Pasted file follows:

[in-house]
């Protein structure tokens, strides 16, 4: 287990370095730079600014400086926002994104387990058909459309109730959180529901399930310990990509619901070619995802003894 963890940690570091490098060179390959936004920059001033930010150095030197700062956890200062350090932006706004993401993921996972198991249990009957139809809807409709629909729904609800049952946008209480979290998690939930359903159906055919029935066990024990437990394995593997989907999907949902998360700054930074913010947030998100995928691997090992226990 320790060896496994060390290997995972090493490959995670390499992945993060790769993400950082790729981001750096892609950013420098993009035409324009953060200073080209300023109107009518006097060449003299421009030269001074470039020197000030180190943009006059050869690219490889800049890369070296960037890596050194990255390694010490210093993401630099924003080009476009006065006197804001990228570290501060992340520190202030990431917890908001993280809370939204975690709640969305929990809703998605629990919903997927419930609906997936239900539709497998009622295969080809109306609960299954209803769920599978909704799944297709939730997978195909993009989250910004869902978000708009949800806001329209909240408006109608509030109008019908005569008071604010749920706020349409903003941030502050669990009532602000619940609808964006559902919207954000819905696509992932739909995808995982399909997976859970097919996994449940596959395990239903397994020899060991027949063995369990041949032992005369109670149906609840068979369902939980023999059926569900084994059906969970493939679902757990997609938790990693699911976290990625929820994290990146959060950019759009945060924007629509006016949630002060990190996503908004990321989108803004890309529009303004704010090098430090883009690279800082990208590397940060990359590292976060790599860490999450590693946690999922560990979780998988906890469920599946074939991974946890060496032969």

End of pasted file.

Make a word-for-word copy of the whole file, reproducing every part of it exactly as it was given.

[in-house]
């Protein structure tokens, strides 16, 4: 287990370095730079600014400086926002994104387990058909459309109730959180529901399930310990990509619901070619995802003894 963890940690570091490098060179390959936004920059001033930010150095030197700062956890200062350090932006706004993401993921996972198991249990009957139809809807409709629909729904609800049952946008209480979290998690939930359903159906055919029935066990024990437990394995593997989907999907949902998360700054930074913010947030998100995928691997090992226990 320790060896496994060390290997995972090493490959995670390499992945993060790769993400950082790729981001750096892609950013420098993009035409324009953060200073080209300023109107009518006097060449003299421009030269001074470039020197000030180190943009006059050869690219490889800049890369070296960037890596050194990255390694010490210093993401630099924003080009476009006065006197804001990228570290501060992340520190202030990431917890908001993280809370939204975690709640969305929990809703998605629990919903997927419930609906997936239900539709497998009622295969080809109306609960299954209803769920599978909704799944297709939730997978195909993009989250910004869902978000708009949800806001329209909240408006109608509030109008019908005569008071604010749920706020349409903003941030502050669990009532602000619940609808964006559902919207954000819905696509992932739909995808995982399909997976859970097919996994449940596959395990239903397994020899060991027949063995369990041949032992005369109670149906609840068979369902939980023999059926569900084994059906969970493939679902757990997609938790990693699911976290990625929820994290990146959060950019759009945060924007629509006016949630002060990190996503908004990321989108803004890309529009303004704010090098430090883009690279800082990208590397940060990359590292976060790599860490999450590693946690999922560990979780998988906890469920599946074939991974946890060496032969």